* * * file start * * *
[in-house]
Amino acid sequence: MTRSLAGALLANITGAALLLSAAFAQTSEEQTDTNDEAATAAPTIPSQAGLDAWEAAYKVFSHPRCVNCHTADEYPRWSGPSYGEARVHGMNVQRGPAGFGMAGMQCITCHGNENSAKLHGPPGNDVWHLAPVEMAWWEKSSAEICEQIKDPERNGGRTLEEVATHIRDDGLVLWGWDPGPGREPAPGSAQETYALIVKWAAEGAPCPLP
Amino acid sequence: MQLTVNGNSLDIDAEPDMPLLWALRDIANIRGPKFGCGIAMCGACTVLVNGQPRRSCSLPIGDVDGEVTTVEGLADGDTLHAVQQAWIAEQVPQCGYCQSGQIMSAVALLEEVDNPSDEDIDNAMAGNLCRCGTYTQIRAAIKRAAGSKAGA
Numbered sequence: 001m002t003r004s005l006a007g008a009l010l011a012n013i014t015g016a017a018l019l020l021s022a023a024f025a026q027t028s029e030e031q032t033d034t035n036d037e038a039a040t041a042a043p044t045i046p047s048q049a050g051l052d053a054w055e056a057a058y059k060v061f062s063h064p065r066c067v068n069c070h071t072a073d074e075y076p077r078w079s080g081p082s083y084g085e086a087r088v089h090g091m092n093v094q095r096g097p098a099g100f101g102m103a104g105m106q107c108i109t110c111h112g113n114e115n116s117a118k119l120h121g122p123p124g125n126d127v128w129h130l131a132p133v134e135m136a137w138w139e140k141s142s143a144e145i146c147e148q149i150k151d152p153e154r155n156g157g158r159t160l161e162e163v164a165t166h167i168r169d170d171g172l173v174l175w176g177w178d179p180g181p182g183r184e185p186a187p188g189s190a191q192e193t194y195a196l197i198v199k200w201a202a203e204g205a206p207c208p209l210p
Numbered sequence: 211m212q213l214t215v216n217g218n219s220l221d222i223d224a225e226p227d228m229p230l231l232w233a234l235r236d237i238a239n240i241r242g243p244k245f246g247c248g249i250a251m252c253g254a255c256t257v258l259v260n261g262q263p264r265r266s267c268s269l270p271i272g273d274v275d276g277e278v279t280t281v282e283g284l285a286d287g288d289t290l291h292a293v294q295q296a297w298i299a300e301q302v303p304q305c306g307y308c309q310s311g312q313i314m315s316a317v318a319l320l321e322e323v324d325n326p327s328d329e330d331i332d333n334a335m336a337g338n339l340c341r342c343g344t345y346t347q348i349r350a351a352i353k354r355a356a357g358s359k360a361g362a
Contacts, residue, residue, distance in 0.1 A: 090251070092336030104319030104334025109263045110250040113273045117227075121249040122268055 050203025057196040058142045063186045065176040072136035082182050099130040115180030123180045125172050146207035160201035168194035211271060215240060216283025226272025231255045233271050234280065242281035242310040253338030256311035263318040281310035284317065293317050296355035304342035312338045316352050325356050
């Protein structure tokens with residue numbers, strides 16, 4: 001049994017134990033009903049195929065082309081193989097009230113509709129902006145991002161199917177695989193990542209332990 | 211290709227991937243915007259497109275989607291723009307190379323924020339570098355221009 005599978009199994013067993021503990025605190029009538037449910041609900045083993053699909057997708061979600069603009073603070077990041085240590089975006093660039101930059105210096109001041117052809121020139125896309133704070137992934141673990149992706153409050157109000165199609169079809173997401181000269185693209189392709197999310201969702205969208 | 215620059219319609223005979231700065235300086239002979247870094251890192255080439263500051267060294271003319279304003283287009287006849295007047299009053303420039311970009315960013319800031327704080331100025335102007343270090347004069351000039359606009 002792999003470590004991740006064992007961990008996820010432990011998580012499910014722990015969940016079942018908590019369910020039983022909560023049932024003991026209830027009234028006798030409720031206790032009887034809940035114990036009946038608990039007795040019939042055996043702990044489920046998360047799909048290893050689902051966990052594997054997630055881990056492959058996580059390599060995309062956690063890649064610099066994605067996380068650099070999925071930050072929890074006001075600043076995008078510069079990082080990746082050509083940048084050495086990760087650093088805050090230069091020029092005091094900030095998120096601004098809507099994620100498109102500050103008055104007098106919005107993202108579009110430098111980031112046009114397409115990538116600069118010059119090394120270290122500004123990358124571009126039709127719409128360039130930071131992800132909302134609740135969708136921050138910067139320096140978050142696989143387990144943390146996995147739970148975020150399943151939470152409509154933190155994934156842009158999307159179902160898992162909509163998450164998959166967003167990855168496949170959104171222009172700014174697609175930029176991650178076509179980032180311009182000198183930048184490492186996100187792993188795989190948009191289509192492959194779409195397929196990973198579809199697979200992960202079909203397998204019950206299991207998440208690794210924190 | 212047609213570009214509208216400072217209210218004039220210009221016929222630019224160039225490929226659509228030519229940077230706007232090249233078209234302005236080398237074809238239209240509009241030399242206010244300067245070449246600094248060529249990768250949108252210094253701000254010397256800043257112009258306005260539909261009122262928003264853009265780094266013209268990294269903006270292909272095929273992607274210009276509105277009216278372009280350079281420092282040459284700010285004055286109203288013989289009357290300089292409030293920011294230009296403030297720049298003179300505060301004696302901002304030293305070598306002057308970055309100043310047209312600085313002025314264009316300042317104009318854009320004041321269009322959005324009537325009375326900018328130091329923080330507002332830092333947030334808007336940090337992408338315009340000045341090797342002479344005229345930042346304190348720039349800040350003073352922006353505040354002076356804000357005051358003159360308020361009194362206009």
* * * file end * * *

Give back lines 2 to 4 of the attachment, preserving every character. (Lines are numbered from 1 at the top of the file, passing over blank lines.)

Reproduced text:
Amino acid sequence: MTRSLAGALLANITGAALLLSAAFAQTSEEQTDTNDEAATAAPTIPSQAGLDAWEAAYKVFSHPRCVNCHTADEYPRWSGPSYGEARVHGMNVQRGPAGFGMAGMQCITCHGNENSAKLHGPPGNDVWHLAPVEMAWWEKSSAEICEQIKDPERNGGRTLEEVATHIRDDGLVLWGWDPGPGREPAPGSAQETYALIVKWAAEGAPCPLP
Amino acid sequence: MQLTVNGNSLDIDAEPDMPLLWALRDIANIRGPKFGCGIAMCGACTVLVNGQPRRSCSLPIGDVDGEVTTVEGLADGDTLHAVQQAWIAEQVPQCGYCQSGQIMSAVALLEEVDNPSDEDIDNAMAGNLCRCGTYTQIRAAIKRAAGSKAGA
Numbered sequence: 001m002t003r004s005l006a007g008a009l010l011a012n013i014t015g016a017a018l019l020l021s022a023a024f025a026q027t028s029e030e031q032t033d034t035n036d037e038a039a040t041a042a043p044t045i046p047s048q049a050g051l052d053a054w055e056a057a058y059k060v061f062s063h064p065r066c067v068n069c070h071t072a073d074e075y076p077r078w079s080g081p082s083y084g085e086a087r088v089h090g091m092n093v094q095r096g097p098a099g100f101g102m103a104g105m106q107c108i109t110c111h112g113n114e115n116s117a118k119l120h121g122p123p124g125n126d127v128w129h130l131a132p133v134e135m136a137w138w139e140k141s142s143a144e145i146c147e148q149i150k151d152p153e154r155n156g157g158r159t160l161e162e163v164a165t166h167i168r169d170d171g172l173v174l175w176g177w178d179p180g181p182g183r184e185p186a187p188g189s190a191q192e193t194y195a196l197i198v199k200w201a202a203e204g205a206p207c208p209l210p